Defense officials repeated their plea to Congress on Thursday for another base closing round, and once again received partial empathy for their cost concerns but no real path forward on the controversial proposal.
The Pentagon's fiscal 2017 budget request marks the fifth consecutive year military leaders have requested a new base closing round, arguing the services' stateside footprints are too large given drawdowns in troops and equipment over the last decade.
Pete Potocheney, acting assistant secretary of defense for installations, estimated a base closing round in 2019 will save about $2 billion annually, and promised the process would be "efficiency focused" and designed to cut military costs.
"We are in a tough budget situation," he said. "We need to make tough choices. And we need a BRAC."
But lawmakers have strongly resisted the proposal in recent years, typically pointing to the questionable savings and chaotic implementation of the 2005 base realignment and closure round. That "force-shaping" process trimmed only about 3 percent of the military's U.S. infrastructure, far below what earlier rounds had done.
Last year, Congress conceded to allow Pentagon officials to conduct a defensewide study of excess infrastructure capacity, without promising those findings would directly lead to a new base closing round.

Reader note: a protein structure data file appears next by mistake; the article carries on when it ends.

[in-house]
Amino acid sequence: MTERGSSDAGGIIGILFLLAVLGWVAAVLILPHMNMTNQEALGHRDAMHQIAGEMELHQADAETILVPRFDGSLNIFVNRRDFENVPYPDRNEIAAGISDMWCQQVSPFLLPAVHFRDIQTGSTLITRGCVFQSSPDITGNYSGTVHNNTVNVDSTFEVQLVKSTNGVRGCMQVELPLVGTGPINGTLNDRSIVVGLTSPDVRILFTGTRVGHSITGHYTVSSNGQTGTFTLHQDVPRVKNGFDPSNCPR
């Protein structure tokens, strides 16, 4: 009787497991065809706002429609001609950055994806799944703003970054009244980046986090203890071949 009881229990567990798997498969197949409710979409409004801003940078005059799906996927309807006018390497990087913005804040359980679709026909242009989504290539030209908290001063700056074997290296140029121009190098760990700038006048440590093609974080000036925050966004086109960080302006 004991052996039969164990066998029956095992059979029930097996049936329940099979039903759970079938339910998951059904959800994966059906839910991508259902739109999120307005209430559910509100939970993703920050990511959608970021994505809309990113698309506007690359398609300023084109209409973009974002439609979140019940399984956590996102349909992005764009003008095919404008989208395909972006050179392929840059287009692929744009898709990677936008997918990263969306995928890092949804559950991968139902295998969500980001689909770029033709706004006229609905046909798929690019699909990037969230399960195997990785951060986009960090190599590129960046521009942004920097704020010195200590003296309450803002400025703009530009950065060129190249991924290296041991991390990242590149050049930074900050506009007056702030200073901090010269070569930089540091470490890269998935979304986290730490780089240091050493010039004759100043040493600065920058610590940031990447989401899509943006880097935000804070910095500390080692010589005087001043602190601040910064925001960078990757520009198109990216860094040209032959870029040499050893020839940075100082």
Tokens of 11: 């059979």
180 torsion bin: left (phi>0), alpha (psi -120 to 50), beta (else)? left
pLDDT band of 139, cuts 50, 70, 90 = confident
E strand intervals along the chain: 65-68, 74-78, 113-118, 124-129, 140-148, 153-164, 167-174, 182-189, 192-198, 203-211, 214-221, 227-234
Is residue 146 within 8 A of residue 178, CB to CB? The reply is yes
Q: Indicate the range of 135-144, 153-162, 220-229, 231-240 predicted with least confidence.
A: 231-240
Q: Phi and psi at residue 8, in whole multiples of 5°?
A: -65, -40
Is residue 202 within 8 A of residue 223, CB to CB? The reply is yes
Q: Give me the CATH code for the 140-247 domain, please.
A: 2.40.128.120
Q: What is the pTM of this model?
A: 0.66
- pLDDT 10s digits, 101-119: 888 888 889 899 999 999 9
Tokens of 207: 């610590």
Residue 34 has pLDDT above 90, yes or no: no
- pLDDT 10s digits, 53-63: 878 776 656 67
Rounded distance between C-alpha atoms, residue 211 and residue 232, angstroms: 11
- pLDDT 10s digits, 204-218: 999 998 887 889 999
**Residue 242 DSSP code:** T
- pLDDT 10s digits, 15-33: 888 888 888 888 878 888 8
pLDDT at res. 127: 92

Potocheney said that work is underway, but he expects to find about 20 percent excess capacity, based on studies from the department in the early 2000s.
Miranda Ballentine, Air Force assistant secretary for installations, said her service's unused space likely tops 30 percent.
"We simply cannot afford to maintain our current infrastructure footprint," she told lawmakers. "Sustaining and maintaining extra infrastructure strains our limited funds by forcing us to spread them even further."
She and officials from the other services argued the next round could be done without jeopardizing the military's ability to boost end strength in the case of a future war, and could provide financial relief in the near future.
Lawmakers supported that concept — Rep. Jeff Fortenberry, R-Neb., begged witnesses to call it a "military infrastructure savings commission" instead of a base closing round — but did not offer any promises to adopt the proposal this budget cycle.
Potocheney said officials are finding ways to close some buildings and runways to save on maintenance costs, but that base closings will be needed to achieve substantial savings.
Leo Shane III covers Congress, Veterans Affairs and the White House for Military Times. He can be reached at email@example.com.